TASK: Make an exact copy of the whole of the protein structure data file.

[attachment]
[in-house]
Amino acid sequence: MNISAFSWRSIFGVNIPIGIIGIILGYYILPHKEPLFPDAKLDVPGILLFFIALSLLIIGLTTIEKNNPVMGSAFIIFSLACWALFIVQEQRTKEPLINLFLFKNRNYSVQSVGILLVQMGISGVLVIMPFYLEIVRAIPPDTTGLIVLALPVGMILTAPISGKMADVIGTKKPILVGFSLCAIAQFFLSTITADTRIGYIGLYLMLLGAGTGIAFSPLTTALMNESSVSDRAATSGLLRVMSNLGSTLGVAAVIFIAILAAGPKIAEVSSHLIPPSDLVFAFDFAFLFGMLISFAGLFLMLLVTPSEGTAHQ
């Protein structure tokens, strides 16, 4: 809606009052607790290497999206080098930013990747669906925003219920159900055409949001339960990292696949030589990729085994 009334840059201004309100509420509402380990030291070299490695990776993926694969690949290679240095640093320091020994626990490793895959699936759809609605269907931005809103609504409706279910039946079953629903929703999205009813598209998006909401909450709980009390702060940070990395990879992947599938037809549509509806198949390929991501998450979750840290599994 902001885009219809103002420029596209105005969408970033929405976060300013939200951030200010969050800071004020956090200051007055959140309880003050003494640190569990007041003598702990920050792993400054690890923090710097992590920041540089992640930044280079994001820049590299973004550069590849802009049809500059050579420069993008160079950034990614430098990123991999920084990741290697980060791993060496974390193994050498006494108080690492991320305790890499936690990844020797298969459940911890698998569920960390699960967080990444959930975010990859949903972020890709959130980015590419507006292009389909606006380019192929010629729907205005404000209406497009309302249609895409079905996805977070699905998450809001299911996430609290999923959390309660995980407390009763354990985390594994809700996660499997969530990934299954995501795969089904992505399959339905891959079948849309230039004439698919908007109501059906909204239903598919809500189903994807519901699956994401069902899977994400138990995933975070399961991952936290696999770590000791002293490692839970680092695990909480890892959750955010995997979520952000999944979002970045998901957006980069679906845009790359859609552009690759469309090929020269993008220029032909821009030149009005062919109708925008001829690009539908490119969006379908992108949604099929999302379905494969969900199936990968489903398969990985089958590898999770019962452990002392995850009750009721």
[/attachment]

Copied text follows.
[in-house]
Amino acid sequence: MNISAFSWRSIFGVNIPIGIIGIILGYYILPHKEPLFPDAKLDVPGILLFFIALSLLIIGLTTIEKNNPVMGSAFIIFSLACWALFIVQEQRTKEPLINLFLFKNRNYSVQSVGILLVQMGISGVLVIMPFYLEIVRAIPPDTTGLIVLALPVGMILTAPISGKMADVIGTKKPILVGFSLCAIAQFFLSTITADTRIGYIGLYLMLLGAGTGIAFSPLTTALMNESSVSDRAATSGLLRVMSNLGSTLGVAAVIFIAILAAGPKIAEVSSHLIPPSDLVFAFDFAFLFGMLISFAGLFLMLLVTPSEGTAHQ
């Protein structure tokens, strides 16, 4: 809606009052607790290497999206080098930013990747669906925003219920159900055409949001339960990292696949030589990729085994 009334840059201004309100509420509402380990030291070299490695990776993926694969690949290679240095640093320091020994626990490793895959699936759809609605269907931005809103609504409706279910039946079953629903929703999205009813598209998006909401909450709980009390702060940070990395990879992947599938037809549509509806198949390929991501998450979750840290599994 902001885009219809103002420029596209105005969408970033929405976060300013939200951030200010969050800071004020956090200051007055959140309880003050003494640190569990007041003598702990920050792993400054690890923090710097992590920041540089992640930044280079994001820049590299973004550069590849802009049809500059050579420069993008160079950034990614430098990123991999920084990741290697980060791993060496974390193994050498006494108080690492991320305790890499936690990844020797298969459940911890698998569920960390699960967080990444959930975010990859949903972020890709959130980015590419507006292009389909606006380019192929010629729907205005404000209406497009309302249609895409079905996805977070699905998450809001299911996430609290999923959390309660995980407390009763354990985390594994809700996660499997969530990934299954995501795969089904992505399959339905891959079948849309230039004439698919908007109501059906909204239903598919809500189903994807519901699956994401069902899977994400138990995933975070399961991952936290696999770590000791002293490692839970680092695990909480890892959750955010995997979520952000999944979002970045998901957006980069679906845009790359859609552009690759469309090929020269993008220029032909821009030149009005062919109708925008001829690009539908490119969006379908992108949604099929999302379905494969969900199936990968489903398969990985089958590898999770019962452990002392995850009750009721």